110 Source: Reuters (In Singapore Dollars)

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113 Source: Reuters (Comparison with Nasdaq and Dow)

114 Source: Reuters (Comparison with Nasdaq and Dow)

115 Source: Reuters (Comparison with Nasdaq and Dow)

116 Quantas keeps A380 grounded, exam 3 suspect engines Rolls says progress made in Qantas A380 engine probe The Australian newspaper reported Qantas operated its A380 engines at higher maximum thrust levels than rivals, which could result in resonating vibrations that cause oil lines to crack safety regulator orders A380 engine inspection

117  Listed and traded on Singapore Stock Exchange  Share price as of Nov 18 th ◦ SGD  Currency exchange rate as of Nov 18 th ◦ 1 US = SGD

118  Begin as an incorporation of Malayan Airlines (MAL) in  First flight from British Straits Settlement of Singapore to Kuala Lumpur in 1947 using Airspeed Consul twin Engine airplane  In 1963, the Federation of Malaysia was born and the Airline became known as Malaysian Airways.

119  In May 1966, it became Malaysia-Singapore Airlines.  In 1972, Malaysia-Singapore Airlines split up to become two entities - Singapore Airlines and Malaysian Airline System

120  Provide innovative promotions to attract new customers and maintain competitive advantage  Maximize return for shareholder and employees Continuously maintain profitable position in times of economy downturn, and recover loss as the economy starts to pick up.

121  Enhance customer experience by providing service such as free beverage (with or without alcohol) and hot towels…etc free of charge  Maintain cost efficiency by using latest aircraft (four A ) and at the same time as marketing purpose. SIA also decommissioned 6 B777s (four for lease and two for sale)  Adding capacity to designations such as Hong Kong, New Delhi, and Seoul. Also Expanding the Singapore and Munich-Manchester service

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123  Here SIA uses “hub and spoke” method

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125  SilkAir  Tradewinds Tour and Travel  SIA Engineering Company  SIA Cargo  NO MORE Singapore Airport Terminal Service (SATS)  diversified from SIA in 2009

126  Cathay Pacific Airways Limited  Japan Airline Corporation  Malaysian Airline System Berhad

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130  Net liquid asset increase from 2,802 to 3,274 (million) over a year due to deconsolidation of SATS Group, including 200(m) notes payable issued by SATS Group  Total debt to equity ratio lower by 0.02

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138 The decrease in internally generated cash flow is driven by lower proceeds from disposal of aircrafts and other assets 93% of capital spending was on aircraft and spare engines Capital Expenditure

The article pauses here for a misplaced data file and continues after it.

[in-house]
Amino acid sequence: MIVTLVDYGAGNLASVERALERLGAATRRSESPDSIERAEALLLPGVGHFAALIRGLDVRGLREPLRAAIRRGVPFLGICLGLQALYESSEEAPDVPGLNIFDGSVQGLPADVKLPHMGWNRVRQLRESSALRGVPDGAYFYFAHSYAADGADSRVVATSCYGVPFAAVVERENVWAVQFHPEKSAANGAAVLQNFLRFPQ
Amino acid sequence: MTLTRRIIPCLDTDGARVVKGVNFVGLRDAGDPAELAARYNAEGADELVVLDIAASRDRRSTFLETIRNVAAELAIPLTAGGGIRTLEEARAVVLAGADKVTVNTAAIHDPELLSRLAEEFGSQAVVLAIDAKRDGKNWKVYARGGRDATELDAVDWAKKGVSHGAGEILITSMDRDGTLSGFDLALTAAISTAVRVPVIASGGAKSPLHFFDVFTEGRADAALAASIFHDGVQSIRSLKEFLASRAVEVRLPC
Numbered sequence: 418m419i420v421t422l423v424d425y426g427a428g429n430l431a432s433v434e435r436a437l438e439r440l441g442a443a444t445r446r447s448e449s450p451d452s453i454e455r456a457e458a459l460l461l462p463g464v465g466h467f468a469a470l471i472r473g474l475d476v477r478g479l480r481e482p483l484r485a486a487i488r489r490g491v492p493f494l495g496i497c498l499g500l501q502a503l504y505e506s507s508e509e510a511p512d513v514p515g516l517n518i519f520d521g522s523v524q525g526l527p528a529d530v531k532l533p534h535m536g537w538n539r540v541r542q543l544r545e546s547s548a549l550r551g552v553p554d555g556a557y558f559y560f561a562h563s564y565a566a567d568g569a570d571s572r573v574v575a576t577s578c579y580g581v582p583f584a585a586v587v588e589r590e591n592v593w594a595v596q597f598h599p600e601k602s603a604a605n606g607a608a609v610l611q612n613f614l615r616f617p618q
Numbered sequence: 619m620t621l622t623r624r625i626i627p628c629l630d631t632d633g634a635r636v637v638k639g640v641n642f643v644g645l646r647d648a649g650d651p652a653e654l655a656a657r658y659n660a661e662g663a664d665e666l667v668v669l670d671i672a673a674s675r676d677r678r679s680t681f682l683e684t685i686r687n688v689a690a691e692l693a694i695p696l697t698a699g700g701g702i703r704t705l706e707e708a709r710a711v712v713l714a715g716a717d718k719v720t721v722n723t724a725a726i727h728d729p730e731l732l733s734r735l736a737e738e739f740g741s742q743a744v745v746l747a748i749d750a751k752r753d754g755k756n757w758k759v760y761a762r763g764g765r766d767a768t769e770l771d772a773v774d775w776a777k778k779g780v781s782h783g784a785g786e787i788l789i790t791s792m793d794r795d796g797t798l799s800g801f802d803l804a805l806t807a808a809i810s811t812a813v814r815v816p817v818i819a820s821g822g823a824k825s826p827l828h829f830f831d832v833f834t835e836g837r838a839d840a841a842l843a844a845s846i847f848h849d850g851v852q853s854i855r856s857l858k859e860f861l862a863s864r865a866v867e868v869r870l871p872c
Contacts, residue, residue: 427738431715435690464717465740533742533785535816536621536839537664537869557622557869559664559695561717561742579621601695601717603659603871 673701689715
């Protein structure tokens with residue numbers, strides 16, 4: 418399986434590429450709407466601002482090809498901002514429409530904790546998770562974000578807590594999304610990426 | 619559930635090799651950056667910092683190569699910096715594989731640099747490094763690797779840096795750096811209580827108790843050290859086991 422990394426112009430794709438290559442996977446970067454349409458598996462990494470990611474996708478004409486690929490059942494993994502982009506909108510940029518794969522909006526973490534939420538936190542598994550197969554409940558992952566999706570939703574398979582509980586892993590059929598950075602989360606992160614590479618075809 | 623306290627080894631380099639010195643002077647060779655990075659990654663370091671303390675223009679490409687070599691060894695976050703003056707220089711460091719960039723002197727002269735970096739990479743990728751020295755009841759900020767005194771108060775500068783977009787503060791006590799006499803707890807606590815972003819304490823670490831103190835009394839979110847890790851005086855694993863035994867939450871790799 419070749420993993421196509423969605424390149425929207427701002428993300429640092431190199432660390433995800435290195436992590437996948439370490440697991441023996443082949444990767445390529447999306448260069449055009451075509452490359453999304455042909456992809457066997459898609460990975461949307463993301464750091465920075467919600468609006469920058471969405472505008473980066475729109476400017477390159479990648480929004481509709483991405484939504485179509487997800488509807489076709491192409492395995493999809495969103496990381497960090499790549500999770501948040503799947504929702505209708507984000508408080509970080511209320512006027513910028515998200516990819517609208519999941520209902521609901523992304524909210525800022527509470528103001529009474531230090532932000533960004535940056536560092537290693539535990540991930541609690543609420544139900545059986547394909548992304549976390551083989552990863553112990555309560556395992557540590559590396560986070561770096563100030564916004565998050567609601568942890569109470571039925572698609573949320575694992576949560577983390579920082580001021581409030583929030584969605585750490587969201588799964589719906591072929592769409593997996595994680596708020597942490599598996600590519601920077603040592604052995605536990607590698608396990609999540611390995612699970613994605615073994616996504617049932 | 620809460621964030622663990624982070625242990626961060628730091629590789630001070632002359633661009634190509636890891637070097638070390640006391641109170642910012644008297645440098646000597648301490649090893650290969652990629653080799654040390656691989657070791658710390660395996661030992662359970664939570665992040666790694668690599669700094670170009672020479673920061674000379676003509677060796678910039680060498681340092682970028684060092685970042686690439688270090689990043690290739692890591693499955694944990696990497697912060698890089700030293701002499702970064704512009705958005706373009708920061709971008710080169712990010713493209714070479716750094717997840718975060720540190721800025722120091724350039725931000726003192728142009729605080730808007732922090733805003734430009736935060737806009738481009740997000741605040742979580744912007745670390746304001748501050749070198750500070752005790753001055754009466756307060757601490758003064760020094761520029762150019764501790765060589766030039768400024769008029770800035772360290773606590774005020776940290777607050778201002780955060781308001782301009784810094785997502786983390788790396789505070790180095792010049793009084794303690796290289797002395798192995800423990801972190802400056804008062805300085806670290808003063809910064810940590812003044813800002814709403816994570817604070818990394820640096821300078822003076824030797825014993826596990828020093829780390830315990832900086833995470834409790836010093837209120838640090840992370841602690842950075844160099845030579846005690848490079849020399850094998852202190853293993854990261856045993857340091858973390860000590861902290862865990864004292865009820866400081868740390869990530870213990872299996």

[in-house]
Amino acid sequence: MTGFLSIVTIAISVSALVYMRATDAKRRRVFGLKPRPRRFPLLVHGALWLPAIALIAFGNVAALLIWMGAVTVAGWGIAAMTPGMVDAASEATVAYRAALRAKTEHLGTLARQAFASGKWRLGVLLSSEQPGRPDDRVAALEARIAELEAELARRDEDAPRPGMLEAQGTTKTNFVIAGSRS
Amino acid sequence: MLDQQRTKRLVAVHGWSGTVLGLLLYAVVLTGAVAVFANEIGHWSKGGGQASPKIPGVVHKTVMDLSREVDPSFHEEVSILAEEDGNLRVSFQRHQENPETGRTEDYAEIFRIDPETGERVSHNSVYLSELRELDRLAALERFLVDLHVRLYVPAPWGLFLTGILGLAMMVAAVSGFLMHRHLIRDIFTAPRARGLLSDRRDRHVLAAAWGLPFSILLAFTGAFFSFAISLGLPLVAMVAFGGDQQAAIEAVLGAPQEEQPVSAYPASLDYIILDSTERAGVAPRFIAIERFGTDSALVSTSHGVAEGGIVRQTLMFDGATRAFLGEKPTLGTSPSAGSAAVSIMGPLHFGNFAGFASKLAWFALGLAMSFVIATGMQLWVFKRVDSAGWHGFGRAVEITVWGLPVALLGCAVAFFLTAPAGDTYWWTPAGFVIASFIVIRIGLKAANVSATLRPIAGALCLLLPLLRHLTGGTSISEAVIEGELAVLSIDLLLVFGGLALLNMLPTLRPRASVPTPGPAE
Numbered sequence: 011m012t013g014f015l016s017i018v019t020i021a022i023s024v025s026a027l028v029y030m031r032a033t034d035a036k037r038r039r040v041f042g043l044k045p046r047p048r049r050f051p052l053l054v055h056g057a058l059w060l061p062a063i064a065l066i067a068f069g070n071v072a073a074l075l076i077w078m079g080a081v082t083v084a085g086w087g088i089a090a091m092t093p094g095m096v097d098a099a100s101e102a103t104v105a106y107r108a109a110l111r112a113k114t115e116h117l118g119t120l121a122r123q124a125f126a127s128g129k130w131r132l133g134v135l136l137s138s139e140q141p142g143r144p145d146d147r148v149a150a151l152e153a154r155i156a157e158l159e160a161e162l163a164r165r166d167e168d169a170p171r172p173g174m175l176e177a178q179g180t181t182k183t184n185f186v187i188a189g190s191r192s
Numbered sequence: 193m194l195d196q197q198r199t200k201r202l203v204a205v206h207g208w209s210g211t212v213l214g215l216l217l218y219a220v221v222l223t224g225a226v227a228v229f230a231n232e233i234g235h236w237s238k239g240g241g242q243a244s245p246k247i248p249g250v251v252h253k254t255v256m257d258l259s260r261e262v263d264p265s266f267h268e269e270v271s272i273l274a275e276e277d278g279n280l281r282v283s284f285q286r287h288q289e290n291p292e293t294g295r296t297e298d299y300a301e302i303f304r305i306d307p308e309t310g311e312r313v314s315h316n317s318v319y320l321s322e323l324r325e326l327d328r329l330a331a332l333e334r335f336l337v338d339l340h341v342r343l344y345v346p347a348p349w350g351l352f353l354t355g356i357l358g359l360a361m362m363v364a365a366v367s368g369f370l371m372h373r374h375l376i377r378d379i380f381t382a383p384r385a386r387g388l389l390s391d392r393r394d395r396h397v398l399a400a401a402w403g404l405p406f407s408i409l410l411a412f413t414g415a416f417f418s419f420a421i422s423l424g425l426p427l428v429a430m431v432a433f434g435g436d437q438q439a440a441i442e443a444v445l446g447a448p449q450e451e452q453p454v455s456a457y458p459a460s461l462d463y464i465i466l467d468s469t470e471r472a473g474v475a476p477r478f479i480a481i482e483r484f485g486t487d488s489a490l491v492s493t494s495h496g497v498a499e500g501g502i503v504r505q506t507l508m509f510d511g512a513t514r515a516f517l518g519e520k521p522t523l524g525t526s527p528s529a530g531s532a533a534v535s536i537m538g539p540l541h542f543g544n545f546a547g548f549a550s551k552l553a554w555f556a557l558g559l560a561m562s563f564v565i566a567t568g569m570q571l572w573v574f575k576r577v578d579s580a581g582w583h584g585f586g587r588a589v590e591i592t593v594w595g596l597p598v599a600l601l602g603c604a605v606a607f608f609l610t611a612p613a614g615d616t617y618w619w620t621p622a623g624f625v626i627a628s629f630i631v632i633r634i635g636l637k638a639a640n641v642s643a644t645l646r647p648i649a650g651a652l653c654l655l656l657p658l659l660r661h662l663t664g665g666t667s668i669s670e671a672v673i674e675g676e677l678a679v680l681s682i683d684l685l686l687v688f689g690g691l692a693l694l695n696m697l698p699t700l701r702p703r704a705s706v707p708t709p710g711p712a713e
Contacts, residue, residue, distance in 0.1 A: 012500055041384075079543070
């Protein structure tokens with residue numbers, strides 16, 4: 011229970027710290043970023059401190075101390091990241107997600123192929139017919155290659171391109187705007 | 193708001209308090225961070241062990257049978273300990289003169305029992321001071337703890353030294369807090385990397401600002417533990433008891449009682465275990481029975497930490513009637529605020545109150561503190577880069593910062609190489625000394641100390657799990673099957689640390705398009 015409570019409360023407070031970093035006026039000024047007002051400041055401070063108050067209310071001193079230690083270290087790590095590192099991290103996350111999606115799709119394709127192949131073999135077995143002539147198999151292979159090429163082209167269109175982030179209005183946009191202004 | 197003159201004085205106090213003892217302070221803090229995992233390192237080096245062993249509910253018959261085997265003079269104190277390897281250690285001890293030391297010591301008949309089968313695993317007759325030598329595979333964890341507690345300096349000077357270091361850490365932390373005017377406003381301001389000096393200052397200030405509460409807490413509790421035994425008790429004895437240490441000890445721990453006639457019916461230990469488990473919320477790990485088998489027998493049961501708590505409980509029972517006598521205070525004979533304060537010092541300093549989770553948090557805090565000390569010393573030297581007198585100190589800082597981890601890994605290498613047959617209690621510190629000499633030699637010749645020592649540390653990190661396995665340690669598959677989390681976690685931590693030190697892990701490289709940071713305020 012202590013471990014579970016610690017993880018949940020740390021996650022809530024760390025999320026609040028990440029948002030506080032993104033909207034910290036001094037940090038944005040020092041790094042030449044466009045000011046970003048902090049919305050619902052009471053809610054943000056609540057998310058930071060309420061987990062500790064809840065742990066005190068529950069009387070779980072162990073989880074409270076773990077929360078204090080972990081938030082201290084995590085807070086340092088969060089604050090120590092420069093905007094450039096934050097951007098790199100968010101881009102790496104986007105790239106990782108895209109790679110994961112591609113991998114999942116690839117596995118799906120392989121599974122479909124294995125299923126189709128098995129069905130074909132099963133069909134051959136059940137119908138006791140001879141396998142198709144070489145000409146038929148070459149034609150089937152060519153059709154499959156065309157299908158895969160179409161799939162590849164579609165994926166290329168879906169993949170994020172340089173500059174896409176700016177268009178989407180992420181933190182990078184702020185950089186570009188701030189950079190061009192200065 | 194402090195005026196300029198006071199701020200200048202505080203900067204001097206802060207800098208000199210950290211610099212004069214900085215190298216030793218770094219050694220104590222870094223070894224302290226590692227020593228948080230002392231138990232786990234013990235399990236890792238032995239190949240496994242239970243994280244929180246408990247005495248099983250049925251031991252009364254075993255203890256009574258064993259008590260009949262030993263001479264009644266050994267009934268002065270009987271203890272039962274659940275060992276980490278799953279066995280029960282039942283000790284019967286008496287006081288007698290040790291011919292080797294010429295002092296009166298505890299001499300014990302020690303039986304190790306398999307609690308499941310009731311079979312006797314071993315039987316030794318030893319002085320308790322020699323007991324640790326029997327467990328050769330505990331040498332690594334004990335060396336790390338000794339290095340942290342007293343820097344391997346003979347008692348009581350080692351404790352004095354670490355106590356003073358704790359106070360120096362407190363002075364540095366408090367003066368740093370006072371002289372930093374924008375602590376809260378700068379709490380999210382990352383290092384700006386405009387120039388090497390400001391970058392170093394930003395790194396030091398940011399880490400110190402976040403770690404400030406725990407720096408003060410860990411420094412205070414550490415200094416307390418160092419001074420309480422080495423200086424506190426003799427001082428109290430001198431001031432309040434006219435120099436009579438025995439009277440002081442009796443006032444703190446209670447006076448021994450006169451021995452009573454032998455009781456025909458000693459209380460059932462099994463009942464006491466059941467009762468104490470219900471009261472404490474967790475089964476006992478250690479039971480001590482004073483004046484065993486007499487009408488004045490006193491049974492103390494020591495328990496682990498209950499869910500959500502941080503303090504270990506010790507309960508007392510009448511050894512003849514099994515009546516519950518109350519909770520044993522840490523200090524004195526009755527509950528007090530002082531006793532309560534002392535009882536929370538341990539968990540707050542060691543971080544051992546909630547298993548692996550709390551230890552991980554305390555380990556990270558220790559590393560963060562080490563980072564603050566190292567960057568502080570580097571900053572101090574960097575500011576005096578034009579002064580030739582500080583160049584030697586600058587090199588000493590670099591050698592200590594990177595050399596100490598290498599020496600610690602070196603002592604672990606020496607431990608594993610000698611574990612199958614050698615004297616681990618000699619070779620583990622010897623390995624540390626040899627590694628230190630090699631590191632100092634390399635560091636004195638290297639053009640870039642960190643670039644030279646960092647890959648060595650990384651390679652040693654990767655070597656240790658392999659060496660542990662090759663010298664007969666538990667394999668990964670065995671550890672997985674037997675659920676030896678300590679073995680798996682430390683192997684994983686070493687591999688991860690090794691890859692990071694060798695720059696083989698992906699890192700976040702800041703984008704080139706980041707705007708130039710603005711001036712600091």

139  Passenger carriage (in revenue passenger-km) was 8.0 per cent lower year-on-year, at a slower pace than the reduction in capacity (in available seat-km) of 10.3 per cent. As a result, passenger load factor increased 1.9 percentage points to 78.4%  Passenger yield fell due to intense competition and aggressive promotional fare activities

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142  Joined SIA in 1972 and held senior assignments and headed the planning and marketing division at corporate headquarters.  Become CEO in 2003  Director of Singapore Exchange Ltd and Government of Singapore Investment Corporation  Member of board of governors of IATA  Bachelor degree (honors) in mechanical engineering from university of Singapore  Master degree in Operations Research and Management Studies from Imperial College, University of London

143  Became chairman of BOD in 2006  Managing Director of Shanghai Commercial & Savings Bank (Taiwan) and Great Malaysia Textile Investments Pte Ltd  President of the Singapore National Employers’ Federation since 1988 and is a Council Member of the Singapore National Wages Council  Nominated Member of Parliament from and was awarded the Distinguished Service Order Award in 2006 and the Public Service Star Award in 1998  graduated from Northwestern University, Illinois, USA in 1973 with a Masters in Business Administration

144  Become senior Executive Vice President of Marketing & Corporate Services at Singapore Airlines Ltd. on March 1, 2010  Chief of Air Force from 1992 to 1995 and Chief of Defence Force in the Ministry of Defence from 1995 to 2000  graduated with a Bachelor of Arts in Engineering and has a Master of Arts degree in Engineering from the University of Cambridge  Master of Public Administration Degree from Harvard University in 1988  attended the Advanced Management Program at the Harvard Business School in 2000

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146 Income Statement (Consolidated)

147 Comprehensive Income Statement

148 Balance Sheet

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150 Cash Flow Statement

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152 Quarterly Financial Result 2 nd Q st Q st Q Total Revenue 3,631.23,082.13,465.82,871.4 Total Expenditure 3,285.53,263.53,215.33,190.7 Operating profit/(loss) 345.7(181.4)250.5(319.3) Non-operating Items Profit/(loss) before tax 480.4(122.1)317.5(269.9) Profit/(loss) attributable to owners of the parent 380.2(158.8)252.5(307.1) Per share data Earning/(loss) before tax (cents) 40.2(10.3)26.6(22.8) Earning after tax- basic 31.8(13.4)21.2(26) Earning after tax- diluted 31.4(13.4)20.9(26)

153 2 nd Q nd Q st Q st Q Passenger carried (thousand) 4,1654,1944,0183,809 Revenue Passenger- km 21, , , ,655.0 Available seat-km 26, , , ,072.6 Passenger Load Factor (%) Passenger yield (cent/pkm) Passenger unit cost (cent/ctk) Passenger Load B.E. factor (%)